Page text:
Sometimes it’s not about how talented you are. It’s really about what you know and how well you learn the game. —Guy Holliday, BYU football assistant coach
PROVO — Despite losing record-breaking receiver Cody Hoffman to graduation, BYU coaches are excited about this year’s group of wide receivers.
The excitement began in earnest last February when the Cougars signed Nick Kurtz (Grossmont JC), Trey Dye (Abilene, Texas) and Devon Blackmon (Riverside CC) and announced that UTEP receiver Jordan Leslie intends to transfer to Provo.
That enthusiasm has continued into the spring, where position coach Guy Holliday has received some solid production despite the absence of several players projected to make major contributions in the fall.
Blackmon, Dye and Leslie haven't yet arrived on campus, while experienced players such as Mitch Mathews and Ross Apo have sat out because of injuries.
So who is getting the first-team reps these days?
They have belonged primarily to a couple of relative unknowns in walk-ons Colby Pearson and Kurt Henderson. Henderson, in particular, has been one of quarterback Taysom Hill's top targets in most practice sessions and led the team with six catches for 74 yards in the Cougars' open scrimmage last Saturday.
The 6-foot-1 junior has allowed his experience and hard work to set him apart this spring.
“Kurt is benefiting from being here,” said Holliday. “Kurt is what I’d call a classic hard-working overachiever. He can run, Kurt can really run, but sometimes it’s not about how talented you are. It’s really about what you know and how well you learn the game. Kurt right now is proving that he understands the game.”
What's perhaps most important is Henderson proving his understanding of the game to his quarterback, Hill.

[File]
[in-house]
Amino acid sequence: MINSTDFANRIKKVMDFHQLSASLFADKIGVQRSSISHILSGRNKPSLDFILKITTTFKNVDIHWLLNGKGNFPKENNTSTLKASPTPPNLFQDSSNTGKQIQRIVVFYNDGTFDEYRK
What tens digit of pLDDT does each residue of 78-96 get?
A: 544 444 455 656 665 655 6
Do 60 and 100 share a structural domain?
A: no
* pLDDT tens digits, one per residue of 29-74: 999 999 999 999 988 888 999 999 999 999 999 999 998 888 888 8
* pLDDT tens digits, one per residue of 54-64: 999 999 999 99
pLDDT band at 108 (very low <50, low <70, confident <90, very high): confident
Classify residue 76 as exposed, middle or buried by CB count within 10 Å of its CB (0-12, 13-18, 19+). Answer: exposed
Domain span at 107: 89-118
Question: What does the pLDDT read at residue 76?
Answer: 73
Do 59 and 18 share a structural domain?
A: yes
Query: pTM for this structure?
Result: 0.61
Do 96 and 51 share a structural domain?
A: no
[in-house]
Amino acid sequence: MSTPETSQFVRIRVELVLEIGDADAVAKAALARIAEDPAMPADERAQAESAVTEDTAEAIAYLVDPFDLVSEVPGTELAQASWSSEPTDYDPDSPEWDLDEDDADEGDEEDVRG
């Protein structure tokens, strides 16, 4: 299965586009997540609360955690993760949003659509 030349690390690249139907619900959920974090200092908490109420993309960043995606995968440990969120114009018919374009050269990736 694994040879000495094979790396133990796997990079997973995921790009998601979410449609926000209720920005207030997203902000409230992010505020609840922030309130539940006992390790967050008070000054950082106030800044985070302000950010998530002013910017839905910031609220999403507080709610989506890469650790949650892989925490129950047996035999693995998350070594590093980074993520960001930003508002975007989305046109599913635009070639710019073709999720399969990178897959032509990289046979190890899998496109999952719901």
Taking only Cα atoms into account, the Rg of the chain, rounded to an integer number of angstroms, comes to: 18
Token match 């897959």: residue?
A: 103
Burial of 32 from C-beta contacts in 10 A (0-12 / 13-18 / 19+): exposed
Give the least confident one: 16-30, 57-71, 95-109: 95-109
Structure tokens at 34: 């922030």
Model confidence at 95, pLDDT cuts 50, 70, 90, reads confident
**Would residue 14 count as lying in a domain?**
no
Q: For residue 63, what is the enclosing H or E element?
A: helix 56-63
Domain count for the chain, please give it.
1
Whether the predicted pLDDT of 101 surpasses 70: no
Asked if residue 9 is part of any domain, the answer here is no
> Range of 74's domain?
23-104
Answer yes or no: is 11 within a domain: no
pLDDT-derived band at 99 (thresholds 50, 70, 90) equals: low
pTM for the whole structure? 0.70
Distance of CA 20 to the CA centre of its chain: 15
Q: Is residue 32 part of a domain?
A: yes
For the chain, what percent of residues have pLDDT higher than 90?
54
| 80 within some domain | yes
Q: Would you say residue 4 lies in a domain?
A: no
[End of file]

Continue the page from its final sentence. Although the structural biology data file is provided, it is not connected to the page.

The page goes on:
“Paramount is your confidence you have in your quarterback and the confidence he has in you,” Henderson said. “He has to believe you’re going to beat the guy on you and make the play, and so anytime I can build that confidence then it helps build the foundation of making big plays for this offense.”
Despite the gains he's made this spring, the Saint George native understands that competing for playing time at BYU is an ongoing process.
“I don’t look at spring as arriving anywhere or achieving anything because there’s always going to be competition,” Henderson said. “On a positive note, I think I’m showing that I can be there when the ball comes my way. But it’s all about keeping on working hard and rising to every challenge in order to help the team.”
As for the other receivers that are playing this spring, Holliday likes what he's seen. A lot of attention has been on Kurtz, a player many viewed as the program's top recruit this past year.
Despite a somewhat slow start, Holliday believes the 6-foot-6 Kurtz will be fine and has shown all the abilities that made him such a big recruit in the first place.
“He has a skill set,” Holliday said. “(He has) great feet and hips, which we saw, and an ability to catch the ball. He has to improve his strength because it’s affecting his endurance.”
Holliday believes that endurance will come as he simply spends more time in the program.
“With the summer under his belt, he’ll be ready to go by the season,” Holliday said. “He’s a hard worker. He’s just a little bit thin right now.”
Another standout this spring has been sophomore Michael Davis, who saw time playing cornerback last season as a true freshman. The 6-foot-1 speedster has shown flashes of what he's capable of despite enduring a sprained ankle that set back his conditioning and acclimation to the offense, according to Holliday.
“He’ll play to his speed as he gains knowledge,” Holliday said. “So he has a whole summer and we’re excited about him.”
Although there's a lot to be sorted out, Holliday believes in the team's potential at wide receiver and is excited for the start of fall camp.
"It’s going to be fun come July 29 and my job is to get them ready for UConn,” he said. “But I anticipate us being a really good receiving corps.”